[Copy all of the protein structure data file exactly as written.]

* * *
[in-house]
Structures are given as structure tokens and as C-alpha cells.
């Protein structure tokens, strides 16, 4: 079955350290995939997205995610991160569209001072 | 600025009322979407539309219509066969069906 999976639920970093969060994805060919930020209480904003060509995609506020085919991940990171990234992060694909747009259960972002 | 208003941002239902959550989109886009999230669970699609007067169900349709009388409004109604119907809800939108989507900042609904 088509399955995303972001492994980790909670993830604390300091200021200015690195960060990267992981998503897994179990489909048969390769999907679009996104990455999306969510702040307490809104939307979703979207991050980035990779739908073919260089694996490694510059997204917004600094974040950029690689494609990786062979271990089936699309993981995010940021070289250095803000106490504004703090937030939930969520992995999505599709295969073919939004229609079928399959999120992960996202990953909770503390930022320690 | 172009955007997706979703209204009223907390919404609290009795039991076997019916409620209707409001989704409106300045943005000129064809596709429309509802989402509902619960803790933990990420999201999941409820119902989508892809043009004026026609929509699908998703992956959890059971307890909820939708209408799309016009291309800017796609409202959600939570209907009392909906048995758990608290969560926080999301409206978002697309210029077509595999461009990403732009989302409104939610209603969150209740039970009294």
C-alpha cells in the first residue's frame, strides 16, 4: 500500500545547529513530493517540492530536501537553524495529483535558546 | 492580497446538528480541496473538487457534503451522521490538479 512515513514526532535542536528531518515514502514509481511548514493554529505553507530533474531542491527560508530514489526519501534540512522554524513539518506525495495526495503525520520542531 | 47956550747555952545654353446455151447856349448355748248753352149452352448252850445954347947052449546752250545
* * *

[in-house]
Structures are given as structure tokens and as C-alpha cells.
């Protein structure tokens, strides 16, 4: 079955350290995939997205995610991160569209001072 | 600025009322979407539309219509066969069906 999976639920970093969060994805060919930020209480904003060509995609506020085919991940990171990234992060694909747009259960972002 | 208003941002239902959550989109886009999230669970699609007067169900349709009388409004109604119907809800939108989507900042609904 088509399955995303972001492994980790909670993830604390300091200021200015690195960060990267992981998503897994179990489909048969390769999907679009996104990455999306969510702040307490809104939307979703979207991050980035990779739908073919260089694996490694510059997204917004600094974040950029690689494609990786062979271990089936699309993981995010940021070289250095803000106490504004703090937030939930969520992995999505599709295969073919939004229609079928399959999120992960996202990953909770503390930022320690 | 172009955007997706979703209204009223907390919404609290009795039991076997019916409620209707409001989704409106300045943005000129064809596709429309509802989402509902619960803790933990990420999201999941409820119902989508892809043009004026026609929509699908998703992956959890059971307890909820939708209408799309016009291309800017796609409202959600939570209907009392909906048995758990608290969560926080999301409206978002697309210029077509595999461009990403732009989302409104939610209603969150209740039970009294």
C-alpha cells in the first residue's frame, strides 16, 4: 500500500545547529513530493517540492530536501537553524495529483535558546 | 492580497446538528480541496473538487457534503451522521490538479 512515513514526532535542536528531518515514502514509481511548514493554529505553507530533474531542491527560508530514489526519501534540512522554524513539518506525495495526495503525520520542531 | 47956550747555952545654353446455151447856349448355748248753352149452352448252850445954347947052449546752250545